The story behind London’s new Shrine to Mary, Mother of Persecuted Christians
CNA Newsroom, Sep 8, 2022 / 03:14 am
What may well be the first shrine in Europe dedicated to persecuted Christians will be blessed today in central London, UK.
The Shrine of Mary, Mother of Persecuted Christians, was dedicated at 6:30 p.m. local time on the Nativity of the Blessed Virgin Mary at the Ordinariate Church of Our Lady of the Assumption and St. Gregory, which is situated in the famous district of Soho.
Father Benedict Kiely, who is a long-standing advocate of persecuted Christians around the world, told Catholic News Agency in an email exchange on Sept. 6 that the shrine was “most certainly the first shrine in Europe dedicated to Mary, Mother of Persecuted Christians, and will be a real place of prayer for the persecuted Church.”
Kiely, who orchestrated the establishment of the shrine, said: “I hope the shrine will become a focus of prayer in the heart of London — so close to Piccadilly Circus — for everyone who comes from a place where the Church is persecuted, to come and pray — Nigerians, Syrians, Indians, Iraqis — and so many more.”
“Also, I hope we who are in the West will come and pray regularly for our brethren and get courage and strength for our own Christian witness and for whatever trials we might face in remaining faithful. I truly believe this shrine is desperately needed because the persecution of the Church is barely mentioned in the mainstream media and, it has to be said, does not often appear to be much of a priority even in the Church itself.”
The shrine features an icon of Our Lady with the words “Mother of the Persecuted” written in Aramaic, which was the language of Jesus and is still spoken in parts of Syria and Iraq. The icon was painted by Sister Souraya, a Lebanese Melkite nun.
Kiely told CNA that his call to raise awareness about the plight of persecuted Christians ignited in 2014.
“I was a parish priest in Stowe, Vermont … when I heard that because of ISIS, there would be no Mass in Mosul, Iraq, for the first time in nearly 2,000 years,” he explained. “Mosul is Nineveh, where Jonah’s tomb is, or was — ISIS blew it up. I felt impelled to do something. Starting with producing items with the Arabic “N” or “Nun,” which ISIS — and Islam — has marked Christians for centuries, I then went to Iraq for the first time in early 2015 and felt more and more called to devote my priestly ministry and life to aid and advocacy for the persecuted Church.”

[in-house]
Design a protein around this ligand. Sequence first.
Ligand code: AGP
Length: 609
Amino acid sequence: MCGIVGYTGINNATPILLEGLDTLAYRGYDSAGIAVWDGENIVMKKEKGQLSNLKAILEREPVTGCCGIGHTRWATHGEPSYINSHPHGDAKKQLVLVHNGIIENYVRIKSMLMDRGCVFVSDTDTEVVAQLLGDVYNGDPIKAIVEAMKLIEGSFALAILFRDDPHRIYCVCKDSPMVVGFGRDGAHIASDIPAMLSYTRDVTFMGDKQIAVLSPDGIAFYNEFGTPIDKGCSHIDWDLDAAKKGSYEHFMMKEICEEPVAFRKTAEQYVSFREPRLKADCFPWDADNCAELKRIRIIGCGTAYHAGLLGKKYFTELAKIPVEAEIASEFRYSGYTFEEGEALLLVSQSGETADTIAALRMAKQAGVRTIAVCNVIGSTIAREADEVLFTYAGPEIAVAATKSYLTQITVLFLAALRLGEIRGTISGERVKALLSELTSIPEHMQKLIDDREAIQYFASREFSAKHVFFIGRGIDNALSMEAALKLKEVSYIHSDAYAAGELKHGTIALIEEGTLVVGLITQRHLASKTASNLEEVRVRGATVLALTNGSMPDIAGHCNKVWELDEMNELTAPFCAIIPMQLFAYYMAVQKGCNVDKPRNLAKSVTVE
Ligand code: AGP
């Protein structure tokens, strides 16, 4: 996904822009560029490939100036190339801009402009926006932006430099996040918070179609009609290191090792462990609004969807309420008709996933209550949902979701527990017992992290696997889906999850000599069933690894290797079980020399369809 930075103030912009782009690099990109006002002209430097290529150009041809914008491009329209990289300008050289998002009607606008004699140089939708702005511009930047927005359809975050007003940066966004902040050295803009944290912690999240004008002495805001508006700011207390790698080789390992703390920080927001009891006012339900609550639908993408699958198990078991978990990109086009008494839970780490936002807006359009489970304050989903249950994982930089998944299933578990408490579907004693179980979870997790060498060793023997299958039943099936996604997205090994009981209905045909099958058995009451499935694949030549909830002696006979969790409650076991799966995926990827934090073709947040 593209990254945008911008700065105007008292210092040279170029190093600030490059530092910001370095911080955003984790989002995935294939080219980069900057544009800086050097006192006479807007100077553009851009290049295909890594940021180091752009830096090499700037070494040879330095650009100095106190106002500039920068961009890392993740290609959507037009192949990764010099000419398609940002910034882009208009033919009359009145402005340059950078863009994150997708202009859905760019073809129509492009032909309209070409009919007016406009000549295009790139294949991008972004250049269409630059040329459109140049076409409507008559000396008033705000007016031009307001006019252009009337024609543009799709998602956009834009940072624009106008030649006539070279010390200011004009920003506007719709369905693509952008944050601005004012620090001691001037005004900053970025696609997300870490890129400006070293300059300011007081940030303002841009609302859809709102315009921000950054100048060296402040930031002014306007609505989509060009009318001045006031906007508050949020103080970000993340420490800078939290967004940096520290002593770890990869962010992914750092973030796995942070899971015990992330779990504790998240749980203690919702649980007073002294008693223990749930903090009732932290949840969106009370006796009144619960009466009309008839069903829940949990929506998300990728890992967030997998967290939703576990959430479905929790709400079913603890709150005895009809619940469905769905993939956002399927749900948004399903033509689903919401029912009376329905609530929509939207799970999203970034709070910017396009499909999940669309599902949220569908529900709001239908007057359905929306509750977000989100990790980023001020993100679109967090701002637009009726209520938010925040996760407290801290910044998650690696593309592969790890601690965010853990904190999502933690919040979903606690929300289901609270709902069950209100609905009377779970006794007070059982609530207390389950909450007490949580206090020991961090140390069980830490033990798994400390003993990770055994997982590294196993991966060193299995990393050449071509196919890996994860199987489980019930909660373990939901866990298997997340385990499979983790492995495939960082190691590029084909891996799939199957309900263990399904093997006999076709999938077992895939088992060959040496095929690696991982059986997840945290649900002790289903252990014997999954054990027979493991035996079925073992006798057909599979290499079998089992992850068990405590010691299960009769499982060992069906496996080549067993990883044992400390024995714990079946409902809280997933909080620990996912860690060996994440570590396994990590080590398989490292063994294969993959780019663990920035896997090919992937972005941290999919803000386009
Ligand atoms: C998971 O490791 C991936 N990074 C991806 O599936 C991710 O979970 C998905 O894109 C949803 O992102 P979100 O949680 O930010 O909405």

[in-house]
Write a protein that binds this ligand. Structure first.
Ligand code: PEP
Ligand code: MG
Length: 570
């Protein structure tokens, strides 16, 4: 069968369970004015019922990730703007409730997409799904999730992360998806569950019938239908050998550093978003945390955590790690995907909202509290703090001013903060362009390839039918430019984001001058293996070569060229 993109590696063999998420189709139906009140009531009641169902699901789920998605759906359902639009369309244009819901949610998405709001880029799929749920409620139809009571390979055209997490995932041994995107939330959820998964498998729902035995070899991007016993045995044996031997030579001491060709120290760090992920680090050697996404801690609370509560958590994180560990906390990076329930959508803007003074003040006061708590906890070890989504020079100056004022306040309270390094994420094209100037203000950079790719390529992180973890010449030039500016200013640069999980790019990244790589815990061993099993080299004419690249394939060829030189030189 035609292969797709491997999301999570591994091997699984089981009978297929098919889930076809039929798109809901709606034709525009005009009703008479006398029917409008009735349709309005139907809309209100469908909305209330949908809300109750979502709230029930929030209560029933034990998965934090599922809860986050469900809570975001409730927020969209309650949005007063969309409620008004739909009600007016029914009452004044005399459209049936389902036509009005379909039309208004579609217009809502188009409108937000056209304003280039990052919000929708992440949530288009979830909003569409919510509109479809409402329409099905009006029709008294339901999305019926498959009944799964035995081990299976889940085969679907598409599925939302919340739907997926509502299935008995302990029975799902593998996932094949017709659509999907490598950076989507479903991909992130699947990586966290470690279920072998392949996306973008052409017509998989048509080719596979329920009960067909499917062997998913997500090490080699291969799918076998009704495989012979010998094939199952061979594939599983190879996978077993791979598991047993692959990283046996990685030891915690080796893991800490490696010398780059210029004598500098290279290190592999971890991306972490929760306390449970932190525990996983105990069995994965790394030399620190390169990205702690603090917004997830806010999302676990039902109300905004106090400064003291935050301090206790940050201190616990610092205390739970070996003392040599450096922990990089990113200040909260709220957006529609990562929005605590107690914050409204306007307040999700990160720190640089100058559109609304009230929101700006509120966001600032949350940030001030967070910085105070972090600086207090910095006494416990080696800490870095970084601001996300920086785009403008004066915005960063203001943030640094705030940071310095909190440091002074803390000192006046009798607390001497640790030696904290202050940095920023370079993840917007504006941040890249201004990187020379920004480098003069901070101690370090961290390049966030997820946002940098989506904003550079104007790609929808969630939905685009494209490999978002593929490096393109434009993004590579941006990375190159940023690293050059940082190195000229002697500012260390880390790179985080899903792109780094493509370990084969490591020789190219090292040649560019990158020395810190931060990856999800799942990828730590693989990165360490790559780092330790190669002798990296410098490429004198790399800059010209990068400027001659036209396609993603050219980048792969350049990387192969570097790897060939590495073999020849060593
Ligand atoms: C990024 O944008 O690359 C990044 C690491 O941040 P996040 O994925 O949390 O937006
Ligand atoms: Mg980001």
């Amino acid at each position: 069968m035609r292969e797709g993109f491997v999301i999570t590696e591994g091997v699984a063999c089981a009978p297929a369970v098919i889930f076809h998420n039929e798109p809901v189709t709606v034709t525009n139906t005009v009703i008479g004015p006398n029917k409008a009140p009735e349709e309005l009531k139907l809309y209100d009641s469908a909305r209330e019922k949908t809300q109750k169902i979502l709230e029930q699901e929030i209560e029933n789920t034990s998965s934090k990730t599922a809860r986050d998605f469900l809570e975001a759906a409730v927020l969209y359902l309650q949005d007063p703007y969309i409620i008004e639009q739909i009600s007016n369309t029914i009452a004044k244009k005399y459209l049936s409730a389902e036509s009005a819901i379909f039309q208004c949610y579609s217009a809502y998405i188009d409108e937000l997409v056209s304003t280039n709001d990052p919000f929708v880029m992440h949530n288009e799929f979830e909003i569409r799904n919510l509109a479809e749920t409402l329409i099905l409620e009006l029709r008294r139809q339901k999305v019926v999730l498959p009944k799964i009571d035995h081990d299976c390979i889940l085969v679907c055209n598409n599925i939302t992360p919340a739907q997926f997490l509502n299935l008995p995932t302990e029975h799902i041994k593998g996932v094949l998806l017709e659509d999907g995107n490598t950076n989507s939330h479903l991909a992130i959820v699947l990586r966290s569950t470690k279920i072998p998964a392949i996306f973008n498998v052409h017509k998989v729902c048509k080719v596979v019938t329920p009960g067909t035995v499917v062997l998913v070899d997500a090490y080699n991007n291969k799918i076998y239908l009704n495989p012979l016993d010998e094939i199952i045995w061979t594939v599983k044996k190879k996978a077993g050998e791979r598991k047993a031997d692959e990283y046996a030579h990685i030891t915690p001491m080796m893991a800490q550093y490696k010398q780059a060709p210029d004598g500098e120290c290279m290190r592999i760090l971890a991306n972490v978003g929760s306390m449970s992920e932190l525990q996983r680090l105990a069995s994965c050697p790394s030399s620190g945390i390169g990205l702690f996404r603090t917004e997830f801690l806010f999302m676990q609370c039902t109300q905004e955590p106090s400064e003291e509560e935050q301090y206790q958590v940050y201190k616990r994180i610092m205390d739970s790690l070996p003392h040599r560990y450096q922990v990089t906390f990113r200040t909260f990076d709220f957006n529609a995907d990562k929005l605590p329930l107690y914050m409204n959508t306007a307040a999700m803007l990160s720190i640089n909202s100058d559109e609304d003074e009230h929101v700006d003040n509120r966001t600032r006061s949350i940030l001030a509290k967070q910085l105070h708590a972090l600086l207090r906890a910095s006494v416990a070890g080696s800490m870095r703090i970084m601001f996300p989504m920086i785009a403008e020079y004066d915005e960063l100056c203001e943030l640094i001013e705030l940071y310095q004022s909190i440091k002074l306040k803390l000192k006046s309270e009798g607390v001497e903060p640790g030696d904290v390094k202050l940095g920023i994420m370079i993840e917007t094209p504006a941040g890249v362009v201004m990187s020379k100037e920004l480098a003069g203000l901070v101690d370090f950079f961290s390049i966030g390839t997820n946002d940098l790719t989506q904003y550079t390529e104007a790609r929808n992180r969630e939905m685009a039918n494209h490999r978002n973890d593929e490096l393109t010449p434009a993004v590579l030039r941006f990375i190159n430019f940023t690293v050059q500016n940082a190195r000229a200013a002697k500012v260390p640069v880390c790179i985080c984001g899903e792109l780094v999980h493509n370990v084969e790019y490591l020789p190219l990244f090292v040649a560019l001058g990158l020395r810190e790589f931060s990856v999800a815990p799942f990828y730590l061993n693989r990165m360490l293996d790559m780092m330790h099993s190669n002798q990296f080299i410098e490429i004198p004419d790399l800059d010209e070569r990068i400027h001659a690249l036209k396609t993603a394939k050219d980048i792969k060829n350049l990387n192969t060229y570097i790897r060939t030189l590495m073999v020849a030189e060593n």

The Ordinariate priest then established the charity Nasarean.org in 2016, a charity that helps Middle Eastern Christians remain in their home countries. He has since visited Iraq eight times, as well as Syria and Lebanon.
In 2019 he was incardinated in the Personal Ordinariate of Our Lady of Walsingham to perform his particular ministry full time.
According to Kiely, there are three main things Catholics can do to support their persecuted brothers and sisters in Christ worldwide. He told CNA: “The first is, obviously, prayer — hence the shrine. But prayer leads to action — so then aid and advocacy. Aid — helping charities and organizations that are doing good works to help the persecuted — and advocacy, speaking up with politicians, etc., to advocate for the defense of Christians.”
“A perfect example would be for members of the Nigerian diaspora in Britain to lobby heavily the new British prime minister about the dreadful slaughter of Christians in Nigeria, which is almost genocidal in the north of the country. If politicians hear from their constituents they will be forced to act — if they never hear, no wonder the persecution of Christians is so little reported. Ultimately, it’s about being part of the Body of Christ: when one suffers, all suffer.”
The first shrine for persecuted Christians was established at St. Michael’s Church in New York City, and Kiely told CNA that along with the latest addition in London: “I’m determined to have many shrines — but always with the blessing of the local bishop, ideally in his cathedral or designated church. This one in London is in the ordinariate’s ‘Mother Church,’ blessed by the ordinary, Msgr. Keith Newton.”